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Last Updated: Monday, 19 November 2007, 11:32 GMT
Software firms set for jobs boost
Computer keyboard and mouse
The study pointed to rapid growth in the last seven years
An estimated 2,000 jobs will be created in Tayside's thriving computer software industry over the next three years, experts have predicted.

A study by Interactive Tayside found that the sector had nearly doubled in size in the last seven years.

The area's 350 software and computer animation companies now have a combined annual turnover of 185m.

They also employ 3,400 people, but Interactive Tayside said it expected this to rise to more than 5,000.

Dundee has become one of the major centres for computer games development in the UK, with the number of software firms based in the city and surrounding towns more than doubling since 2000.

The Interactive Tayside report found that companies operating in the sector were generally optimistic about the future, with most saying they expected to increase their turnover by between 10% and 50% in the next year - well above the UK average.

Our staff love the cost of living, the proximity to the great outdoors, and the low traffic and pollution problems
Colin Macdonald
Realtime Worlds

Joyce Matthew, manager of the digital media team at Scottish Enterprise Tayside, said the main reasons for the growth were the number of ambitious companies willing to bring on new talent and the willingness of different organisations to work together to nurture the industry's development.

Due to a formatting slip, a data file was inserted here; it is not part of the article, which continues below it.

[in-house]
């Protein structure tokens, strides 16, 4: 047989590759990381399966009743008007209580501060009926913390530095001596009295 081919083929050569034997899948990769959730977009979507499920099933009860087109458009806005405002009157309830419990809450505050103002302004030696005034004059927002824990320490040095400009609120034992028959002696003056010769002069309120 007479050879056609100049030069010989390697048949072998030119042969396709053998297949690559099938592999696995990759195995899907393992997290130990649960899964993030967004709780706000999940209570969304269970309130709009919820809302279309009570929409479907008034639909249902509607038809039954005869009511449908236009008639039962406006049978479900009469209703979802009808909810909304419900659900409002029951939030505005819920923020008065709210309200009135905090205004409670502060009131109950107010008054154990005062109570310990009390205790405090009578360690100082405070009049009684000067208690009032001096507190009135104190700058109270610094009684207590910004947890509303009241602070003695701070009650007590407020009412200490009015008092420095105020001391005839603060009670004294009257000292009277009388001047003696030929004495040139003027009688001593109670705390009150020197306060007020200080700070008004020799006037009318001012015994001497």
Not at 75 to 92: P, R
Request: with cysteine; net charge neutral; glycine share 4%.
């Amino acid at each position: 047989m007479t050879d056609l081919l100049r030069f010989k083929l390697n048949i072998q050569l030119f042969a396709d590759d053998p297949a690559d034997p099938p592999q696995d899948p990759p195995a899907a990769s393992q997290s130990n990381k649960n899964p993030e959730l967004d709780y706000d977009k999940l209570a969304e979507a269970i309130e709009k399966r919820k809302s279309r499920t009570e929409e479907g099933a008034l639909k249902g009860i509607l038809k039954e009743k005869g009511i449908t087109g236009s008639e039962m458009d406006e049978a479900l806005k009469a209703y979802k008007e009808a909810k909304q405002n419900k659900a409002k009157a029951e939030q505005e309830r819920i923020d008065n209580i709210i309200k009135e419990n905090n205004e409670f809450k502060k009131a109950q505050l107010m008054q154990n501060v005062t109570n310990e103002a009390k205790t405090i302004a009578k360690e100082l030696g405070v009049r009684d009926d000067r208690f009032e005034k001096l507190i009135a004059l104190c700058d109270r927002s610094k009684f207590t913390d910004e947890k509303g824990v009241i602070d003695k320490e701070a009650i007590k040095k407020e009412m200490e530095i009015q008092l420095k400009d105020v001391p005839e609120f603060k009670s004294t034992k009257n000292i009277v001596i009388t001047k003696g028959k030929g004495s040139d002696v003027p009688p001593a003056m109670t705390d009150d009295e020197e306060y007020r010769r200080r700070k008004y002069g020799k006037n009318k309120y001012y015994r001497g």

Colin Macdonald, studio director of Realtime Worlds, which has been involved in developing some of the most popular computer games in recent years, said: "We are proud to be based in Dundee - our staff love the cost of living, the proximity to the great outdoors, and the low traffic and pollution problems.

"Dundee's one of the main hubs for computer games in the whole of the UK, so we benefit from working with many of the other local developers and have great relations with the local universities - particularly Abertay's games courses in our case.

"Scottish Enterprise and the local council fully appreciate what the digital media industries are doing for the city and actively help and encourage them.''

Abertay University launched the world's first computer games degree course more than 10 years ago.

The university's Principal and Vice Chancellor, Professor Bernard King, said: "The key to continuing success is proper investment, without which we could easily lose the industrial development and industry accomplishments to competitors in emerging markets.''

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